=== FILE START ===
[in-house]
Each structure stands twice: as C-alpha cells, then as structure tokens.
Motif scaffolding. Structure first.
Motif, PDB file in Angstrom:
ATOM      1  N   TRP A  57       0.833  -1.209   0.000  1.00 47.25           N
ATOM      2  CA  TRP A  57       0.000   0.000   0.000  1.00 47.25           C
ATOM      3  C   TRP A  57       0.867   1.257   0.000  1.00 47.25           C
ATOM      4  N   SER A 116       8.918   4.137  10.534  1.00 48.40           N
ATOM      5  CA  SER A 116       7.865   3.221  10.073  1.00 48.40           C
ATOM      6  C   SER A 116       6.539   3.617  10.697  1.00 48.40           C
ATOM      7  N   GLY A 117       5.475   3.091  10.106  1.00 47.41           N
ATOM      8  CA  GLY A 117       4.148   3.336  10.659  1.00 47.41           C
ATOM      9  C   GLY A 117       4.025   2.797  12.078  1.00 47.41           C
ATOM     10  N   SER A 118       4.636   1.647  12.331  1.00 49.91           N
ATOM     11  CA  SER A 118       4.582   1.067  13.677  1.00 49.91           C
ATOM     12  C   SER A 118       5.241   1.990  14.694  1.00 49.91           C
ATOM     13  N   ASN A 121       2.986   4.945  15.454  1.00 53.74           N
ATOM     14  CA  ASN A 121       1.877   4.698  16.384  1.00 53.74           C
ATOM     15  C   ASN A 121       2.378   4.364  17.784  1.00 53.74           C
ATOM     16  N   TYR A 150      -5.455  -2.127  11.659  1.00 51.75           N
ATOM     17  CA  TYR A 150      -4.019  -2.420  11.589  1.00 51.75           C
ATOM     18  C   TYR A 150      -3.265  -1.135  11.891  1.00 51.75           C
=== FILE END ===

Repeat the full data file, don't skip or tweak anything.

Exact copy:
[in-house]
Each structure stands twice: as C-alpha cells, then as structure tokens.
Motif scaffolding. Structure first.
Motif, PDB file in Angstrom:
ATOM      1  N   TRP A  57       0.833  -1.209   0.000  1.00 47.25           N
ATOM      2  CA  TRP A  57       0.000   0.000   0.000  1.00 47.25           C
ATOM      3  C   TRP A  57       0.867   1.257   0.000  1.00 47.25           C
ATOM      4  N   SER A 116       8.918   4.137  10.534  1.00 48.40           N
ATOM      5  CA  SER A 116       7.865   3.221  10.073  1.00 48.40           C
ATOM      6  C   SER A 116       6.539   3.617  10.697  1.00 48.40           C
ATOM      7  N   GLY A 117       5.475   3.091  10.106  1.00 47.41           N
ATOM      8  CA  GLY A 117       4.148   3.336  10.659  1.00 47.41           C
ATOM      9  C   GLY A 117       4.025   2.797  12.078  1.00 47.41           C
ATOM     10  N   SER A 118       4.636   1.647  12.331  1.00 49.91           N
ATOM     11  CA  SER A 118       4.582   1.067  13.677  1.00 49.91           C
ATOM     12  C   SER A 118       5.241   1.990  14.694  1.00 49.91           C
ATOM     13  N   ASN A 121       2.986   4.945  15.454  1.00 53.74           N
ATOM     14  CA  ASN A 121       1.877   4.698  16.384  1.00 53.74           C
ATOM     15  C   ASN A 121       2.378   4.364  17.784  1.00 53.74           C
ATOM     16  N   TYR A 150      -5.455  -2.127  11.659  1.00 51.75           N
ATOM     17  CA  TYR A 150      -4.019  -2.420  11.589  1.00 51.75           C
ATOM     18  C   TYR A 150      -3.265  -1.135  11.891  1.00 51.75           C